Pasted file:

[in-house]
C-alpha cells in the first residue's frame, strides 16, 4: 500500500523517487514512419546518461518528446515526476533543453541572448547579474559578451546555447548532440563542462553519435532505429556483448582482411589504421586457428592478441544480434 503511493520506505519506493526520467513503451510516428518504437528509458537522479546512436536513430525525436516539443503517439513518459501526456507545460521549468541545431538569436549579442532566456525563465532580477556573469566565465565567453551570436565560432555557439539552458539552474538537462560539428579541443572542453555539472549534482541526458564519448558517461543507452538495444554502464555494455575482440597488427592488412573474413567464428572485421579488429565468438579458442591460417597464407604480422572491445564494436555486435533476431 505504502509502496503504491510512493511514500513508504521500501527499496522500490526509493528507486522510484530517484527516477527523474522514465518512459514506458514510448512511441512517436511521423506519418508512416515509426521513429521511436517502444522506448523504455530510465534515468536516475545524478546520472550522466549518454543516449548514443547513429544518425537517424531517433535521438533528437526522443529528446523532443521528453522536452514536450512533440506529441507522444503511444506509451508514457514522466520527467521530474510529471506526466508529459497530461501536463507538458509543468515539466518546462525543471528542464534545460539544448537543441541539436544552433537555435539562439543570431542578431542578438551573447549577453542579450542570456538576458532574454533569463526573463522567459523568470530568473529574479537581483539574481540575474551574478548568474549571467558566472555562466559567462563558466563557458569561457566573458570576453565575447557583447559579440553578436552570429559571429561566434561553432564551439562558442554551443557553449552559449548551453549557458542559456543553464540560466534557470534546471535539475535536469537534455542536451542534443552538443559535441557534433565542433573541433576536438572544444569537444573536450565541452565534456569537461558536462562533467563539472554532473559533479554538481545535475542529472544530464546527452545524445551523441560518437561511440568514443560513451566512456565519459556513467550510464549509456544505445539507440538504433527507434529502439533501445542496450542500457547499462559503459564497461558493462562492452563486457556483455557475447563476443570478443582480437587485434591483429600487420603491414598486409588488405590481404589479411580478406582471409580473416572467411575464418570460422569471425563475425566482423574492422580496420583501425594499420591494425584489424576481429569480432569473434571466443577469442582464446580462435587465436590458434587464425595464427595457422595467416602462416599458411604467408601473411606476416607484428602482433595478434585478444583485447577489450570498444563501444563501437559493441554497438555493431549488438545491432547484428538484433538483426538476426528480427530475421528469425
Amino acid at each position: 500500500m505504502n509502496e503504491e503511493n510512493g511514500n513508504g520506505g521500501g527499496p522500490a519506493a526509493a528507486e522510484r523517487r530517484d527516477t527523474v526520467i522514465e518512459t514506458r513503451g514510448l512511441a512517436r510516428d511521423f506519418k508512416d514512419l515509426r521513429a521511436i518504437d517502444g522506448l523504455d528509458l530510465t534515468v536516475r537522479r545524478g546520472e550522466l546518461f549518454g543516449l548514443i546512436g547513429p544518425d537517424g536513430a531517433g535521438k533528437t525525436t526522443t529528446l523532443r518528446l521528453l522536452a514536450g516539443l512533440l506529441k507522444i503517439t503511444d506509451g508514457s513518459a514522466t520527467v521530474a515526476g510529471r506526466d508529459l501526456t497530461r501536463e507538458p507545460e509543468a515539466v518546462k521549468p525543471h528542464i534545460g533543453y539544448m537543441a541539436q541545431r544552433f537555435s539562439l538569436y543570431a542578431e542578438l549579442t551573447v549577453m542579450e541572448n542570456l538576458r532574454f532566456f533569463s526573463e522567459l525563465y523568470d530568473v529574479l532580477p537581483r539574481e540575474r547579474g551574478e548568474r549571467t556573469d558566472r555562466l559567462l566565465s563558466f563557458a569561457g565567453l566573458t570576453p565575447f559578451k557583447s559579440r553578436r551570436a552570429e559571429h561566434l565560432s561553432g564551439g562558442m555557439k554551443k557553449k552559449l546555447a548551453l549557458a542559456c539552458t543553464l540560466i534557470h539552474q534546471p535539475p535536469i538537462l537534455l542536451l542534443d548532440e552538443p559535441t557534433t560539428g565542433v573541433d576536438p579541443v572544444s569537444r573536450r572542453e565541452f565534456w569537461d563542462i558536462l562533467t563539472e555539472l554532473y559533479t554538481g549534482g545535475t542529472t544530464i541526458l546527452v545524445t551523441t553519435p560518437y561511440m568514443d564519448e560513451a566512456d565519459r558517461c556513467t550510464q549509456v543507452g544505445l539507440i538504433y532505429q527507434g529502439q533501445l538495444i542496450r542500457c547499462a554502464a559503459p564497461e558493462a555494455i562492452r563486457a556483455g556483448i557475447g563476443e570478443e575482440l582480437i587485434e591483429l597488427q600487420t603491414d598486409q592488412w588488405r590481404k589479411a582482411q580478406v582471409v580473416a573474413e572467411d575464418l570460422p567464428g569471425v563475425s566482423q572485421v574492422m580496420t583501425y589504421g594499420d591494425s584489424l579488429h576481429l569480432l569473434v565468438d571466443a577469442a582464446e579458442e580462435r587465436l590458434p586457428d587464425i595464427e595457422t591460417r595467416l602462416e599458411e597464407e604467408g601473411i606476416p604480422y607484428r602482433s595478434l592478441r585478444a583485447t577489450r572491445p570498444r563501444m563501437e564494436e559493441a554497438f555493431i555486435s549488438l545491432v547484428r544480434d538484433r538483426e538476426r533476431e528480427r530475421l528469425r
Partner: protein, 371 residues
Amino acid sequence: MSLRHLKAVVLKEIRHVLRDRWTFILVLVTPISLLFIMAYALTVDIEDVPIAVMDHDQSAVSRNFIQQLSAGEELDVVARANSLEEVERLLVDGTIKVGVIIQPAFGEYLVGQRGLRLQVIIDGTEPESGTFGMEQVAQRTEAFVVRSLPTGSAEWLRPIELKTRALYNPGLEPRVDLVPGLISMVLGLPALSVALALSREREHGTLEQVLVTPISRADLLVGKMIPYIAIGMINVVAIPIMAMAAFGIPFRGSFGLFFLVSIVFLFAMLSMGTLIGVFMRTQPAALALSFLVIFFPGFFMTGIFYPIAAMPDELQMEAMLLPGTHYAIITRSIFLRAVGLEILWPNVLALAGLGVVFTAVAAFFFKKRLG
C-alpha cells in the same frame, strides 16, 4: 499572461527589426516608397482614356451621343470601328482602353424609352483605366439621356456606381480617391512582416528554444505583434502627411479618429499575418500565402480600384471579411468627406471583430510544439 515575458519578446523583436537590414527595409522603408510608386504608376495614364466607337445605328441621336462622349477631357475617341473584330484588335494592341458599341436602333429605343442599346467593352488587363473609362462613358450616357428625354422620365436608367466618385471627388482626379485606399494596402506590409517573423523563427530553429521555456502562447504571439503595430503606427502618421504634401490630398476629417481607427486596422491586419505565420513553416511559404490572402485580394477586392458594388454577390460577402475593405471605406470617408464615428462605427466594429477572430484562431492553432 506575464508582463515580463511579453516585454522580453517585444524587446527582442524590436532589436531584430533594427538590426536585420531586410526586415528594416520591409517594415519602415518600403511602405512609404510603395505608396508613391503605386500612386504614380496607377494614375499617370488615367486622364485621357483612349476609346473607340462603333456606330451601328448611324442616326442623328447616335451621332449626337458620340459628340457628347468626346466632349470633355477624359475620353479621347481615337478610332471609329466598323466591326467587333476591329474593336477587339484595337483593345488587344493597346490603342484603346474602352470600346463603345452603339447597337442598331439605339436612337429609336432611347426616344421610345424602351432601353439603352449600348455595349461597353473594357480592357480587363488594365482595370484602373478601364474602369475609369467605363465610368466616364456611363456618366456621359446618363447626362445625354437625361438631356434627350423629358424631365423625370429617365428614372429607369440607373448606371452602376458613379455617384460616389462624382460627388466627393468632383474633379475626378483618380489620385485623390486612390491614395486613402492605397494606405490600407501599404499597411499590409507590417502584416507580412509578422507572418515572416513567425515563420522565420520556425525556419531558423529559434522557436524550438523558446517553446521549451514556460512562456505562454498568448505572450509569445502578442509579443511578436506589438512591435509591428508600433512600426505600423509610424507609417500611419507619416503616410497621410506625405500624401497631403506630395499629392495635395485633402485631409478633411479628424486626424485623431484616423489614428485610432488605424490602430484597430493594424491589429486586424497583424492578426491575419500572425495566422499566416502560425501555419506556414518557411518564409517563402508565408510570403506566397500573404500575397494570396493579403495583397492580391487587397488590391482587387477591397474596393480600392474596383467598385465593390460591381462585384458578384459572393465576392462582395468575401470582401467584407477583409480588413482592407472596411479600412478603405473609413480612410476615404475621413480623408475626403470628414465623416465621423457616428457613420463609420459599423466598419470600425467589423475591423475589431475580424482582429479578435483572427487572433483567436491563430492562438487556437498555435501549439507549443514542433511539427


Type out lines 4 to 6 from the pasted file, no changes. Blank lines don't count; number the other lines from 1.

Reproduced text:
Partner: protein, 371 residues
Amino acid sequence: MSLRHLKAVVLKEIRHVLRDRWTFILVLVTPISLLFIMAYALTVDIEDVPIAVMDHDQSAVSRNFIQQLSAGEELDVVARANSLEEVERLLVDGTIKVGVIIQPAFGEYLVGQRGLRLQVIIDGTEPESGTFGMEQVAQRTEAFVVRSLPTGSAEWLRPIELKTRALYNPGLEPRVDLVPGLISMVLGLPALSVALALSREREHGTLEQVLVTPISRADLLVGKMIPYIAIGMINVVAIPIMAMAAFGIPFRGSFGLFFLVSIVFLFAMLSMGTLIGVFMRTQPAALALSFLVIFFPGFFMTGIFYPIAAMPDELQMEAMLLPGTHYAIITRSIFLRAVGLEILWPNVLALAGLGVVFTAVAAFFFKKRLG
C-alpha cells in the same frame, strides 16, 4: 499572461527589426516608397482614356451621343470601328482602353424609352483605366439621356456606381480617391512582416528554444505583434502627411479618429499575418500565402480600384471579411468627406471583430510544439 515575458519578446523583436537590414527595409522603408510608386504608376495614364466607337445605328441621336462622349477631357475617341473584330484588335494592341458599341436602333429605343442599346467593352488587363473609362462613358450616357428625354422620365436608367466618385471627388482626379485606399494596402506590409517573423523563427530553429521555456502562447504571439503595430503606427502618421504634401490630398476629417481607427486596422491586419505565420513553416511559404490572402485580394477586392458594388454577390460577402475593405471605406470617408464615428462605427466594429477572430484562431492553432 506575464508582463515580463511579453516585454522580453517585444524587446527582442524590436532589436531584430533594427538590426536585420531586410526586415528594416520591409517594415519602415518600403511602405512609404510603395505608396508613391503605386500612386504614380496607377494614375499617370488615367486622364485621357483612349476609346473607340462603333456606330451601328448611324442616326442623328447616335451621332449626337458620340459628340457628347468626346466632349470633355477624359475620353479621347481615337478610332471609329466598323466591326467587333476591329474593336477587339484595337483593345488587344493597346490603342484603346474602352470600346463603345452603339447597337442598331439605339436612337429609336432611347426616344421610345424602351432601353439603352449600348455595349461597353473594357480592357480587363488594365482595370484602373478601364474602369475609369467605363465610368466616364456611363456618366456621359446618363447626362445625354437625361438631356434627350423629358424631365423625370429617365428614372429607369440607373448606371452602376458613379455617384460616389462624382460627388466627393468632383474633379475626378483618380489620385485623390486612390491614395486613402492605397494606405490600407501599404499597411499590409507590417502584416507580412509578422507572418515572416513567425515563420522565420520556425525556419531558423529559434522557436524550438523558446517553446521549451514556460512562456505562454498568448505572450509569445502578442509579443511578436506589438512591435509591428508600433512600426505600423509610424507609417500611419507619416503616410497621410506625405500624401497631403506630395499629392495635395485633402485631409478633411479628424486626424485623431484616423489614428485610432488605424490602430484597430493594424491589429486586424497583424492578426491575419500572425495566422499566416502560425501555419506556414518557411518564409517563402508565408510570403506566397500573404500575397494570396493579403495583397492580391487587397488590391482587387477591397474596393480600392474596383467598385465593390460591381462585384458578384459572393465576392462582395468575401470582401467584407477583409480588413482592407472596411479600412478603405473609413480612410476615404475621413480623408475626403470628414465623416465621423457616428457613420463609420459599423466598419470600425467589423475591423475589431475580424482582429479578435483572427487572433483567436491563430492562438487556437498555435501549439507549443514542433511539427